no longer afford to rest under the damn
ing accusations made against senators.
If there are men here debauching the
senate then we should be purged of
them. If these reports are slanders,
then the press galleries should be
purged. We cannot afford to lay back
on our dignity any longer and say we
will not Investigate."
WHAT CLEVELAND SAID TO JOXES.
May Meaa That Ha Was Bought Also, Says
tne Carolina Statesman.
It had been charged that President
Cleveland met the sugar magnates on
a yacht and discussed details of the su
gar schedule of the then pending tariff
bill. There was nothing to fasten that
damning accusation on the president.
Tillman sold, but Jones of Arkansas had
recently furnished evidence to the effect
that the president told him the trust
should have i cent a pound. Jones
quickly arose and stated that on two oc
casions Cleveland had said to him that
he thought the cent on raw sugar was
necessary to the American refineries.
and that an cent would drive the re
finers out of business. Proceeding Till
man aaia laamignt De that Cleveland do.
sired to carry out a bargain, and if so
tne senate ought to find It out
Here Oray of Delaware, chairman of
tne lormer sugar lnvestixatine commit.
tee. Interrupted. The statement, he said,
that a sugar schedule hadtkeen made on
Benedict's yacht when the president was
on board with officers of the sugar trust,
was not true, and Its falsity had been
established after the committee had
prooea tne statement to the bottom.
Continuing Tillman exclaimed: "Both
parties are .Involved and one is aa deen
In the mud as the other Is in the mire.
Ton know or the reports against certain
members of the old finance committee.
aa now war nave more damning accusa
tions against the present committee."
Pettus of Alabama interrupted to ask
Tillman not to deal in generalities, but
to put a mark on the senators by name.
"That Is what I want an Inquiry for, to
mark these men." responded Tillman. "I
do not want the poor man to suffer
while the millionaires are turned loose."
After protests from Pettua that Till
man should name at least one senator
accused. Tillman said he would present
specifications, and had read a number
of signed articles in the newspapers of
New York. Chicago, and elsewhere, mak
ing various charges against senators.
some by name. The first article be
gan: "Smith ahead on sugar." "and
speke of the New Jersey senators sell
ing (.000 shares of sugar stock short at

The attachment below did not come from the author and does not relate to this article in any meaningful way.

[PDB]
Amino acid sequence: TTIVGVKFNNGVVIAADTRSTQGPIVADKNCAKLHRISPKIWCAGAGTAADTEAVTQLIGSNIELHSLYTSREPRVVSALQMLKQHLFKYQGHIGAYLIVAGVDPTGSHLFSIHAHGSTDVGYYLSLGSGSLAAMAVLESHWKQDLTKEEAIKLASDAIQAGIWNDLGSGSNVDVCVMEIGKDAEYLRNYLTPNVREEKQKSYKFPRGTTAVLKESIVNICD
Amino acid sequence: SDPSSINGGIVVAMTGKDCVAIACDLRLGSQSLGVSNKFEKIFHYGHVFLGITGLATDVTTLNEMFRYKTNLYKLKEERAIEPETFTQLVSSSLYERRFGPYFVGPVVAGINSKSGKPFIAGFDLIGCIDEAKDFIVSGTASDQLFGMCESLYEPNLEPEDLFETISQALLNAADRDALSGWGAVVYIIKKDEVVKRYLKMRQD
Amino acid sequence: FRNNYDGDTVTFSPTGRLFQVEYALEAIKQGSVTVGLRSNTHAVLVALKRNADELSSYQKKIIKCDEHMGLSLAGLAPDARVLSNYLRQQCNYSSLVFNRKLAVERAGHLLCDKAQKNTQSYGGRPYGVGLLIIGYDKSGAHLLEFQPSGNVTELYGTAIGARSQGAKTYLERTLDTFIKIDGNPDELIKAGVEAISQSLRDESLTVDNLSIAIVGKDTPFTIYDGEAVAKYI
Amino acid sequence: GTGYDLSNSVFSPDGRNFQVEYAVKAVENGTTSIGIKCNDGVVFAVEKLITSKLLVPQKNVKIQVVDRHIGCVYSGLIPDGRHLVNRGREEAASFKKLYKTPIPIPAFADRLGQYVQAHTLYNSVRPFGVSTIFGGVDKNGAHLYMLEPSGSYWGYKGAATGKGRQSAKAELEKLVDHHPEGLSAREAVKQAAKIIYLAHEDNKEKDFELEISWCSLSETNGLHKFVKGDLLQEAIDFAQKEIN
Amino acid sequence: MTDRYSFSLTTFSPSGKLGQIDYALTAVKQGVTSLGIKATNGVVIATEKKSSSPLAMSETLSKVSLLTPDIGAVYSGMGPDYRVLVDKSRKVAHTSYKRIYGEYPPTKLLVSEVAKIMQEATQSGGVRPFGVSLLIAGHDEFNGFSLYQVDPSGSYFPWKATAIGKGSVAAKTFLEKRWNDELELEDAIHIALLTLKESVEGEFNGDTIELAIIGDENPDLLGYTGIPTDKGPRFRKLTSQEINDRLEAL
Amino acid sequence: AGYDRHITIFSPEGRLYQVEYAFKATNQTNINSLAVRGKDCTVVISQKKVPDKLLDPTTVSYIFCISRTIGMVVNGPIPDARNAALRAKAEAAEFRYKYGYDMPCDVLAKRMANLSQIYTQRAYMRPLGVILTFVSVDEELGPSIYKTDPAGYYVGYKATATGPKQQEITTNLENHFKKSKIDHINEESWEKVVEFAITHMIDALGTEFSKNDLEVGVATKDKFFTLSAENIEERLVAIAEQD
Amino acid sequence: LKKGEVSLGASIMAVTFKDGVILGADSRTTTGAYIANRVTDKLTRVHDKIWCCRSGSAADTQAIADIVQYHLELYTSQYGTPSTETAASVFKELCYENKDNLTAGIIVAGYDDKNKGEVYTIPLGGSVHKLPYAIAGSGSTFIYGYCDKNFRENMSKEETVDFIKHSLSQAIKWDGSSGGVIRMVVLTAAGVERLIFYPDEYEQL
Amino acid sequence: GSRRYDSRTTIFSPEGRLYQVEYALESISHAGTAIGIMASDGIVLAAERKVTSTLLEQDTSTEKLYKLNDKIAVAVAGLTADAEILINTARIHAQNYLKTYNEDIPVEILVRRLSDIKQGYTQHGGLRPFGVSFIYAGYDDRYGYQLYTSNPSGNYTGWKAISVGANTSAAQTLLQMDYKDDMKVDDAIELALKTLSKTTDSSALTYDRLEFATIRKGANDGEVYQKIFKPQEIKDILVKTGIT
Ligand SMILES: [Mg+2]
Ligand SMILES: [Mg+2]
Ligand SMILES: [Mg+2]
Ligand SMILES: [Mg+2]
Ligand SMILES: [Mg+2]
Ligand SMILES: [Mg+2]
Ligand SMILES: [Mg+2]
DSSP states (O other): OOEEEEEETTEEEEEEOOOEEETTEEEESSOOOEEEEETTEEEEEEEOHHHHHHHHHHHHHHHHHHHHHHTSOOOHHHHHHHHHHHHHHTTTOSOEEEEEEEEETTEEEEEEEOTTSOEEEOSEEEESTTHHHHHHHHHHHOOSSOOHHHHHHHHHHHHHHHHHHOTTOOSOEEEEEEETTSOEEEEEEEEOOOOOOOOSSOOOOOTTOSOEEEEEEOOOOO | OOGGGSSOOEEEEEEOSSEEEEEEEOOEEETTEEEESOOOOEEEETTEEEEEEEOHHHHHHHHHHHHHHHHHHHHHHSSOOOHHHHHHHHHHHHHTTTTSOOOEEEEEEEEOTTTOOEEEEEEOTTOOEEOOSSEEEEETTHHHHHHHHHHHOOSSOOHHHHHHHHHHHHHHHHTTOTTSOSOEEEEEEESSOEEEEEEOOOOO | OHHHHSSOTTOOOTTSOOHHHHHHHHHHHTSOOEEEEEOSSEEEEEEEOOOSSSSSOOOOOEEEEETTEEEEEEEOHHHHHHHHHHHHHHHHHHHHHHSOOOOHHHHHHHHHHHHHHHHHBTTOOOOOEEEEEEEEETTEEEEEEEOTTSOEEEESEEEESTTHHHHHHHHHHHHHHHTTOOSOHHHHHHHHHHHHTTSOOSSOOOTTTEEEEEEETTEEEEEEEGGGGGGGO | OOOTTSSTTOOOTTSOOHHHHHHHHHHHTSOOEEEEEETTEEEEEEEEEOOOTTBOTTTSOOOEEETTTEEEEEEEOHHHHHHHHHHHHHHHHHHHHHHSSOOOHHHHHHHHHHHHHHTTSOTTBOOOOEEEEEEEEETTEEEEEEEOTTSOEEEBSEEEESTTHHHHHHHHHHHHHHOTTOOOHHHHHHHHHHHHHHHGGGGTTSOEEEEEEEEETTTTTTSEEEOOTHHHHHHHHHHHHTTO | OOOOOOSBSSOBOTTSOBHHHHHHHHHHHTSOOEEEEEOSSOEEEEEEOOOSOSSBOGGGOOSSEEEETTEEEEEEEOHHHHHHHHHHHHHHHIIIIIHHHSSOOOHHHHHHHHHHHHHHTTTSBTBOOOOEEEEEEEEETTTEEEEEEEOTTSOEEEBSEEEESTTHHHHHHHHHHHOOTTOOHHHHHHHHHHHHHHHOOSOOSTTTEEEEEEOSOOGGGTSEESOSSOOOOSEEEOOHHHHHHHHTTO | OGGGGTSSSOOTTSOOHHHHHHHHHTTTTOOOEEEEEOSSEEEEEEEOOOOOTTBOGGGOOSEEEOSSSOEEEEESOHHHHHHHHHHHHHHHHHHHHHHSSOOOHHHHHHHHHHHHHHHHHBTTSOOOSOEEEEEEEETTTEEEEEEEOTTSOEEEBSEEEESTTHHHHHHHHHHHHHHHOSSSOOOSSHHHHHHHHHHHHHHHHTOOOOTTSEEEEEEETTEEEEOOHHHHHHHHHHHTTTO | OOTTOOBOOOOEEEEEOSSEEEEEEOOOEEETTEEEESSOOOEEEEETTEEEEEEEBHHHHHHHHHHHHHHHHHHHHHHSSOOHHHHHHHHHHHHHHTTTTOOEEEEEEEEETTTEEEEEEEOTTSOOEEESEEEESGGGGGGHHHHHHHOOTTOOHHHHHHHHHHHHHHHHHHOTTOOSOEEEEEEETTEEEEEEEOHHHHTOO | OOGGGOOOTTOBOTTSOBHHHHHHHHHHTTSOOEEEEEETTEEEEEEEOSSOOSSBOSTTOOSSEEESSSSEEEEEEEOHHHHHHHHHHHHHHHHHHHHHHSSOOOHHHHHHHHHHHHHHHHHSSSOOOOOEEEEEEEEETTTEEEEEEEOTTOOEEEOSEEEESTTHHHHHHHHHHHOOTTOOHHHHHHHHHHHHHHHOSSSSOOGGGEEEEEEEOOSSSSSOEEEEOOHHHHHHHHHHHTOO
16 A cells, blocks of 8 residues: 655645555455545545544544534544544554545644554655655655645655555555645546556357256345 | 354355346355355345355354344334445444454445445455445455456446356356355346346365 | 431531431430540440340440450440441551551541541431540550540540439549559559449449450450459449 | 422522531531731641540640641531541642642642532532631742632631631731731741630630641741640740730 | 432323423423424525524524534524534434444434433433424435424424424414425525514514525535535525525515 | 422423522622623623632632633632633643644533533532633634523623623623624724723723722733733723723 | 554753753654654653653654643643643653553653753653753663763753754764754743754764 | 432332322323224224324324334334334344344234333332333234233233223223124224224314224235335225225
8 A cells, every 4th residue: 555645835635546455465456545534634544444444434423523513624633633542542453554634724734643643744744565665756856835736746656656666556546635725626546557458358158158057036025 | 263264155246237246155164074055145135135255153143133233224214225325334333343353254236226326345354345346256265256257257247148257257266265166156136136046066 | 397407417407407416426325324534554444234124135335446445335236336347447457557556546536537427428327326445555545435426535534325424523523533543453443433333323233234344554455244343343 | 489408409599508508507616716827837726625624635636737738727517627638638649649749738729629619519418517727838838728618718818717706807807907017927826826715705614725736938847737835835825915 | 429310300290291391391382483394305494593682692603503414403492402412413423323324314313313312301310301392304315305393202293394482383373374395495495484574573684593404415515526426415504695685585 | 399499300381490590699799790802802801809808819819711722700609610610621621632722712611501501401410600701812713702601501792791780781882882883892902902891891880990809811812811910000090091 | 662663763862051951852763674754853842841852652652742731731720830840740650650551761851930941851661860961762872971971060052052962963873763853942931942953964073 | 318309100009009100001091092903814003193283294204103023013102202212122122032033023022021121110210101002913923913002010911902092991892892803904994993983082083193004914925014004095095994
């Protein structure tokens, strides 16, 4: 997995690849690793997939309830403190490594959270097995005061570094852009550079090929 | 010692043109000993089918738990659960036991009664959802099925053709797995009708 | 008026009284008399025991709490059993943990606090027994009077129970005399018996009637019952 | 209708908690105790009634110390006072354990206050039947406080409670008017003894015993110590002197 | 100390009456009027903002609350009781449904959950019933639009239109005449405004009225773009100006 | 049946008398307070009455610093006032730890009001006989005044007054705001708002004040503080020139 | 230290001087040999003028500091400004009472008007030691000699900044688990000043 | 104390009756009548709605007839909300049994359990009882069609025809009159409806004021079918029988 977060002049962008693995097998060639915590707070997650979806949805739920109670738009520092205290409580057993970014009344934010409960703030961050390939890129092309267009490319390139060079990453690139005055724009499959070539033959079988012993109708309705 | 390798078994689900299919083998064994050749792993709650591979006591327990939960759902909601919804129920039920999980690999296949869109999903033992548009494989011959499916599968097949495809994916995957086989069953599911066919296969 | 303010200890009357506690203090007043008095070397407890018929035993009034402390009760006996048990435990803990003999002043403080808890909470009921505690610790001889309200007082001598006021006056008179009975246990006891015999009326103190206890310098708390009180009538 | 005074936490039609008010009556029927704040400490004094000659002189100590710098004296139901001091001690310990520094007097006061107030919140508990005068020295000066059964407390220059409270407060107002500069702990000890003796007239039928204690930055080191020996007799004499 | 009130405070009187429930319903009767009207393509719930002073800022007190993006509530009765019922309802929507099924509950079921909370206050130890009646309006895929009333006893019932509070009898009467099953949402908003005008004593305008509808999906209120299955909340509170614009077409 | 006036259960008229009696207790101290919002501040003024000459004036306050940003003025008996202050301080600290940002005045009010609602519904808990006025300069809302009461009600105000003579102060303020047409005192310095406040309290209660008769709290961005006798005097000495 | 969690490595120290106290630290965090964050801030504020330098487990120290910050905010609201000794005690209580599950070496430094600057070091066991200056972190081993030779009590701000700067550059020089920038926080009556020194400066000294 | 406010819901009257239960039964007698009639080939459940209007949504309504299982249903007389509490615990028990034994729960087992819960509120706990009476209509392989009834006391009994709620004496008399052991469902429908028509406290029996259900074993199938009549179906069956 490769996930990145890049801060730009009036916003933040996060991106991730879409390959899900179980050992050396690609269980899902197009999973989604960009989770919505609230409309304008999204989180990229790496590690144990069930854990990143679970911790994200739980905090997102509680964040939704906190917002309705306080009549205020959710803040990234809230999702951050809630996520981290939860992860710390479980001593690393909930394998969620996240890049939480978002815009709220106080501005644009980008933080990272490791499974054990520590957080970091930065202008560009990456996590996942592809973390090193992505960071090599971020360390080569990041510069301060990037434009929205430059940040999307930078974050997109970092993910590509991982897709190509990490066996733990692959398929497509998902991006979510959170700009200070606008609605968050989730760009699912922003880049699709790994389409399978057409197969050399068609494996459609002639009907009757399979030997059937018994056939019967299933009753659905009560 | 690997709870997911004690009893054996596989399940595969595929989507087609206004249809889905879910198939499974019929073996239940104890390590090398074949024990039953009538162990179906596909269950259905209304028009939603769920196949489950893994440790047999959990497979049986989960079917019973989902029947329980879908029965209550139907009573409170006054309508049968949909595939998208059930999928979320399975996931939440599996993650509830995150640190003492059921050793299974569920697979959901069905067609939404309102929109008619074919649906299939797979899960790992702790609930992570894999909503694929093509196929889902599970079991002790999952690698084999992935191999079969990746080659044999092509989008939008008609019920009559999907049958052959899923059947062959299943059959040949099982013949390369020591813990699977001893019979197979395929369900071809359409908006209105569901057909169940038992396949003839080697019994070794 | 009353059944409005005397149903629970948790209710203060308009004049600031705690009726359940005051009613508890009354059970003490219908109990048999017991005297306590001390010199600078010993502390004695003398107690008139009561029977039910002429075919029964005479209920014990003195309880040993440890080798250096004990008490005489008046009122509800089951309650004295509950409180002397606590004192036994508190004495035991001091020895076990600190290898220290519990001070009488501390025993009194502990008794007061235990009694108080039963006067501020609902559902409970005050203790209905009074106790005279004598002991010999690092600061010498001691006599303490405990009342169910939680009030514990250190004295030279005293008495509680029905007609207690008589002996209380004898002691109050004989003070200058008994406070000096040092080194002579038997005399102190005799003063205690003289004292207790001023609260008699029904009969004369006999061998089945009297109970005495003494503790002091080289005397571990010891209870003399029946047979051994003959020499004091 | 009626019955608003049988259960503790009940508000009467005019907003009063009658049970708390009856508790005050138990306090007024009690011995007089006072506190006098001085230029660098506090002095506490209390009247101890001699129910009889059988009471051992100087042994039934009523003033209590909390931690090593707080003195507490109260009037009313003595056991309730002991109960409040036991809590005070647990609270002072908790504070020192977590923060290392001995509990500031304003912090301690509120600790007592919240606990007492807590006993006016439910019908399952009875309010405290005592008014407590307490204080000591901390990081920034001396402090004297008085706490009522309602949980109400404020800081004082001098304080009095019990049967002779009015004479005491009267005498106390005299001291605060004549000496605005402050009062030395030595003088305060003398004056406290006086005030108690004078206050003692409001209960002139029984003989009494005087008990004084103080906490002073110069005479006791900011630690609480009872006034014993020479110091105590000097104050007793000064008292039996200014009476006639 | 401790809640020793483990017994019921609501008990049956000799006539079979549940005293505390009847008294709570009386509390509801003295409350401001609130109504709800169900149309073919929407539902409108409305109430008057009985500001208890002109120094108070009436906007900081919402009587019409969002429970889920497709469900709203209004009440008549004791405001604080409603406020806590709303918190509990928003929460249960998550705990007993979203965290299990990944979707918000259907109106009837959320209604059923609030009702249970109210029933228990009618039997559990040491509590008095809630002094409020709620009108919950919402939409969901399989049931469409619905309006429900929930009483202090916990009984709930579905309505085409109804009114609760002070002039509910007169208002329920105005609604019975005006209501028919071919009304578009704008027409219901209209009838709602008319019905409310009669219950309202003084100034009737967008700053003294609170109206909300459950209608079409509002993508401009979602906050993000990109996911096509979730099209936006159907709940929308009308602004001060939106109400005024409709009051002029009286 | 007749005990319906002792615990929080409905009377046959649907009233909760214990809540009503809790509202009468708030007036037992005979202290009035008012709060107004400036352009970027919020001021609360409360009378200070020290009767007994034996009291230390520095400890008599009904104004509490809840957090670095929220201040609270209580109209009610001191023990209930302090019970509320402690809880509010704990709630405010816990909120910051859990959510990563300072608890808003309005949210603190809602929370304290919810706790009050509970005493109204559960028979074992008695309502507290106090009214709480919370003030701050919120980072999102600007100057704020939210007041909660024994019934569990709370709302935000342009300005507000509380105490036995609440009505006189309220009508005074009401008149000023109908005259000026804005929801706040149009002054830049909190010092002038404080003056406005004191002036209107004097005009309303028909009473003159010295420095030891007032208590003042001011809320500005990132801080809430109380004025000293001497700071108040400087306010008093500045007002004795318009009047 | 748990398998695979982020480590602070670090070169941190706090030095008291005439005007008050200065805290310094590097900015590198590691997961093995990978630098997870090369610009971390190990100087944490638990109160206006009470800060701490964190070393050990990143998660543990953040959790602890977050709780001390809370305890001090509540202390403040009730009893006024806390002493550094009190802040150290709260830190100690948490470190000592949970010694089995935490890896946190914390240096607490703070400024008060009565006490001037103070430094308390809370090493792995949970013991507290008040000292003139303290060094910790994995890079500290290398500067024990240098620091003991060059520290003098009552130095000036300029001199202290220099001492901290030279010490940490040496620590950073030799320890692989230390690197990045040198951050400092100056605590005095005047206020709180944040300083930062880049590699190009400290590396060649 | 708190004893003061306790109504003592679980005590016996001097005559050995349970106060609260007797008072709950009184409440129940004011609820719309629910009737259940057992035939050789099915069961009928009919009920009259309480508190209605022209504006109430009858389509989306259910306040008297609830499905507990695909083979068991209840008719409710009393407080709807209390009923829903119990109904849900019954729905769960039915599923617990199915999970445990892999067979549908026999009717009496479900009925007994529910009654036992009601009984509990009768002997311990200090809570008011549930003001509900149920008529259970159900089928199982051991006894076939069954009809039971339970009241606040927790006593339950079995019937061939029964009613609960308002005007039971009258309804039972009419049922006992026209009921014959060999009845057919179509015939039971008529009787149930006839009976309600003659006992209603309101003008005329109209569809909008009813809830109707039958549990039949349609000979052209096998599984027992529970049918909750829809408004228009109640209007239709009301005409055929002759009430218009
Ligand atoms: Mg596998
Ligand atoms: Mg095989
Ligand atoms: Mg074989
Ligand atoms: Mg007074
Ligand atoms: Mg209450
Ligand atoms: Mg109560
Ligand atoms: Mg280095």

a profit of $3,000. Smith was not in the
chamber at the time. Another article
spoke of the large profits to senators
and stated that 1.000 shares of sairir
stock had been handled the day before
for three senators. Tillman said U was
about time these specific charges; most
of them signed with the names of their
authors, should be probed. Thar sbosld
be M rofxlurs of the old Investigation
ana tne new one.
"Let us .not mix up the Democratic
sheep with the Republican goats," he
aid. "but let's have a fumigation." It
was not a time when seators should sit
here apparently silenced by cowardice
or corruption. The Republicans had
received the recent campaign contribu
tions from "the octupus," he said, and
It should be brought to the light before
the American people. If this "gang of
thieves and robbers" were to have) all
they wanted, then let the American la
beling man realize what a glorious sen
ate represented him at Washington. In
conclusion Tillman reiterated that If the
senate is "rotten to the' bottom, it
should be proved. If these charges were
false then the lies should be laid bare.
If the charges were true, then, he said,
the guilty senators should be turned
out and the senate purged.
ALDRICH REPLIES TO TILLMAK.
agar Trmat Had Nothing Whatever to Da
with tha Schedule.
Aldrlch, Republican member cf the
finance committee in charge of the tar
iff bill. Immediately took the floor as
Tillman closed. It had been charged, or
go f erred, he said, that the sugar trust
dictated the sugar schedule. "But I de
sire to say to the senate, to the senator
Tillman and to every man In the Unit
ed States that no person connected with
the sugar trust at any time or at any
place influenced the framing of the
sugar schedule or received information
as to its character. I desire to make
the statement as broad as the English
language can make it." Aldrlch said
that no living person outside cf the
members of the committee had any in
f ci mat ion as to the subject until thirty
six hours before it was reported.
Then the senator from Nevada (Jones
had been shown the schedule. No hu
man being beyond this had received the
slightest Information. "And any man
who says so, or intimates so," added
Aldrlch, "deserves to be denounced In a
way which would not be parliamentary
Tillman interrupted to say that he had
rot made the charges; he had merely
submitted public statements with the
authors' names signed .
Aldrlch, proceeding, said the fullest
Investigation was courted; there was
nothing to conceal. No Information ever
went from that committee room to any
telephone, to any one. He (Aldrlch) had
rever bought or sold a share of sugar
stock. It was easy for'correspondents to
make such charges, but they were abso
lutely false. Without further debate the